What is gerontology?

Question: What do you do?

Aubrey de Grey: The best way to describe what I do as a biologist is to start by describing what I don’t do. Because there’s one big thing that nearly all biologists do that I don’t do which is experiments. I don’t have my own laboratory. I never have had. I don’t even have training in experimental work. So I work as what, in physics, would be called a theoretician – a theoretical biologist. I bring my ideas together. I take the ideas and the results that other people have generated in the laboratory, and I come up with new proposals for experiments … both experiments to understand aging better, and also experiments to combat aging. And I … I’m able to do this in a manner that experimental biologists are less able to do simply because I have more time. Because experiments are very time consuming. Just the same way that in physics, there are a lots of people who do that – who spend their time bringing ideas together, and who work symbiotically with the experimentalists – that should be the same with biology. In biology, however, it turns out that very, very few people work on the synthesis side. And actually that’s one of the big reasons that I chose to go into the field, because I felt I could make a big contribution simply because there were so few other people trying to do the same thing.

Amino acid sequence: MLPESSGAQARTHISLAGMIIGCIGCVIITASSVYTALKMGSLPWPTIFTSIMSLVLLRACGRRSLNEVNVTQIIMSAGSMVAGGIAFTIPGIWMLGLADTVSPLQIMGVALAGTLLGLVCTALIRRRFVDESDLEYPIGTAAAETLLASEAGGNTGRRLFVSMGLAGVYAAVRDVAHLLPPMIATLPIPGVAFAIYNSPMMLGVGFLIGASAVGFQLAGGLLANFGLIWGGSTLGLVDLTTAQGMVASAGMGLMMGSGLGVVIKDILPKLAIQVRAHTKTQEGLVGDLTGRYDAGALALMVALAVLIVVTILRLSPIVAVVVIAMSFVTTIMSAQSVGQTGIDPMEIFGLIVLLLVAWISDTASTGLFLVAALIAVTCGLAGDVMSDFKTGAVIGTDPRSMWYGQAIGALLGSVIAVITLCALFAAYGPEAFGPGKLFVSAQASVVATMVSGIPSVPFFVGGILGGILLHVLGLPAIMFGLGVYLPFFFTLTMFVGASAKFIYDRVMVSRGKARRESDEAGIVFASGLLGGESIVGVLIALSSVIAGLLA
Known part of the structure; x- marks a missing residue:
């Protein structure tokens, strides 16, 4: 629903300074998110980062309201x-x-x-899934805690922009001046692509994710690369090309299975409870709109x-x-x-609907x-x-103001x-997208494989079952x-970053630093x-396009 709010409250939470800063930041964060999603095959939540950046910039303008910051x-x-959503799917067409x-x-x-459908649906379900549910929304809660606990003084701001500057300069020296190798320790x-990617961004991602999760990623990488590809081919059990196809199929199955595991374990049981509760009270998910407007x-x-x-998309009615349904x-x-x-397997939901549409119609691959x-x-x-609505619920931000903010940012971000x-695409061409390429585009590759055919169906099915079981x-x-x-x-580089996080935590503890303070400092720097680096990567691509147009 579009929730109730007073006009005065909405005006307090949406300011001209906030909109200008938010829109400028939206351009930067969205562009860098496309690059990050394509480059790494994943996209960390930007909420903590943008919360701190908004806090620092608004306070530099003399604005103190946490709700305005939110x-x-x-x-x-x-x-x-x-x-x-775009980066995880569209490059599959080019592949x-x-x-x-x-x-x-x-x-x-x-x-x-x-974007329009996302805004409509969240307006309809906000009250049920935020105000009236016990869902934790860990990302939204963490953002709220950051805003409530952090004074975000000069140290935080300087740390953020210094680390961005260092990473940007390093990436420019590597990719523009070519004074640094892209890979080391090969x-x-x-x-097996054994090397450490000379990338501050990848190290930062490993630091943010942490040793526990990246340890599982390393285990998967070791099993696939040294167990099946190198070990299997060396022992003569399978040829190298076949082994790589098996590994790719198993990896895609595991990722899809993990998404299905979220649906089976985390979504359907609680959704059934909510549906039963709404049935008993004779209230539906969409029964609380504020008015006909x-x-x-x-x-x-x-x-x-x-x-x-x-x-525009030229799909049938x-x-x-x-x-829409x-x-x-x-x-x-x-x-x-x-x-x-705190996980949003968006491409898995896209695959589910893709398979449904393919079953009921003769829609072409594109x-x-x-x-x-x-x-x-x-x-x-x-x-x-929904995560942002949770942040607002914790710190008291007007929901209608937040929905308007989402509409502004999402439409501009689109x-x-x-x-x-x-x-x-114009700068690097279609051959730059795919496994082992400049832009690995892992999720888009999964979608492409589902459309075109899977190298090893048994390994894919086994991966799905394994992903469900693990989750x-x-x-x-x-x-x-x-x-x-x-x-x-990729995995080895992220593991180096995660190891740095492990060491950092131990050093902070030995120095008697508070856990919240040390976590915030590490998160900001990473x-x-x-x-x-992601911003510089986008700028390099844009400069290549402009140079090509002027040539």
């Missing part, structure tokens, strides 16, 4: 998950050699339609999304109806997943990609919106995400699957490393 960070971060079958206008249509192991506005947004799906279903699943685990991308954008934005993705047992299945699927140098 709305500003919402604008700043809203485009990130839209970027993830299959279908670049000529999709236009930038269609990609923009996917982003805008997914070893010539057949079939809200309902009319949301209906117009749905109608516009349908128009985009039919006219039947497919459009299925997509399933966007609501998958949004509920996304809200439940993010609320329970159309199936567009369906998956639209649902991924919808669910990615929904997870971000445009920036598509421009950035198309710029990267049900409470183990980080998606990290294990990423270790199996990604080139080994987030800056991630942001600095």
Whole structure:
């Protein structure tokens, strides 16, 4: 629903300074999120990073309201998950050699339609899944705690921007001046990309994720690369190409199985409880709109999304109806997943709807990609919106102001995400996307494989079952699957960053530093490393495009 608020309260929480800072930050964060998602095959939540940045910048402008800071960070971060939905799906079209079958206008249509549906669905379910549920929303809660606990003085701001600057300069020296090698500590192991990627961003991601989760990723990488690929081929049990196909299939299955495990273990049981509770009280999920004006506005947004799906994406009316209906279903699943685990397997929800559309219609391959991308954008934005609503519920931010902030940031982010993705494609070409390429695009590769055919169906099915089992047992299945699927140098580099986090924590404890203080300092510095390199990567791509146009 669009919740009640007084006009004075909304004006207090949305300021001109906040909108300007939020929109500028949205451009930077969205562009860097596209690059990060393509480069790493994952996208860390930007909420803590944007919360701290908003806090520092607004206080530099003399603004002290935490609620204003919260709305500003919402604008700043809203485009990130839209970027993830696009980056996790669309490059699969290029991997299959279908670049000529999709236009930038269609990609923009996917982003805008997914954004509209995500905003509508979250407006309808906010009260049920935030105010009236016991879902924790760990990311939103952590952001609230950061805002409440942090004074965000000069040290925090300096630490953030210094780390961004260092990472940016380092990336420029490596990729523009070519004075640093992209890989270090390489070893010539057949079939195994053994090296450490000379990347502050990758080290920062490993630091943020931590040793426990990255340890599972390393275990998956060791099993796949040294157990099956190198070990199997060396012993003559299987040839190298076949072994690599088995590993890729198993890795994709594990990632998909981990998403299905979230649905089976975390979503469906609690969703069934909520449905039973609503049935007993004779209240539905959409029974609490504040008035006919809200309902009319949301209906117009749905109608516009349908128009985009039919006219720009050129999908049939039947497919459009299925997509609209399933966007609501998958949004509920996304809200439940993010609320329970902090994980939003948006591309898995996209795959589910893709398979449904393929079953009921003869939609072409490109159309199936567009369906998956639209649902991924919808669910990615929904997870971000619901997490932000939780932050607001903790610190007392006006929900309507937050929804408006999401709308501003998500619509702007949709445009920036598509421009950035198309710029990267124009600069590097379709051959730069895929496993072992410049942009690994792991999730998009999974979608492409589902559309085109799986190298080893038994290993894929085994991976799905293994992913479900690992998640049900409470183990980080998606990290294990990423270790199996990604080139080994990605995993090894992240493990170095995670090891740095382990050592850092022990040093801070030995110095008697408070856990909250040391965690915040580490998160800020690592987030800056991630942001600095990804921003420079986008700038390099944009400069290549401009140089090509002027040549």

Gerontology is the study of aging, something that Aubrey sees as treatable.

​There are two kinds of failure – but only one is honorable

Malcolm Gladwell teaches "Get over yourself and get to work" for Big Think Edge.

Big Think Edge
  • Learn to recognize failure and know the big difference between panicking and choking.
  • At Big Think Edge, Malcolm Gladwell teaches how to check your inner critic and get clear on what failure is.
  • Subscribe to Big Think Edge before we launch on March 30 to get 20% off monthly and annual memberships.
Keep reading Show less

The culprit of increased depression among teens? Smartphones, new research suggests.

A new study, led by psychologist Jean Twenge, points to the screen as the problem.

A teenager eyes her smartphone as people enjoy a warm day on the day of silence, one day prior to the presidential elections, when candidates and political parties are not allowed to voice their political meaning on April 14, 2018 in Kotor, Montenegro. Citizens from Montenegro, the youngest NATO member, will vote for a new president on Sunday 15 2018. (Photo by Pierre Crom/Getty Images)
Surprising Science
  • In a new study, adolescents and young adults are experiencing increased rates of depression and suicide attempts.
  • The data cover the years 2005–2017, tracking perfectly with the introduction of the iPhone and widespread dissemination of smartphones.
  • Interestingly, the highest increase in depressive incidents was among individuals in the top income bracket.
Keep reading Show less
Photo by Alina Grubnyak on Unsplash
Mind & Brain

Do human beings have a magnetic sense? Biologists know other animals do. They think it helps creatures including bees, turtles and birds navigate through the world.

Keep reading Show less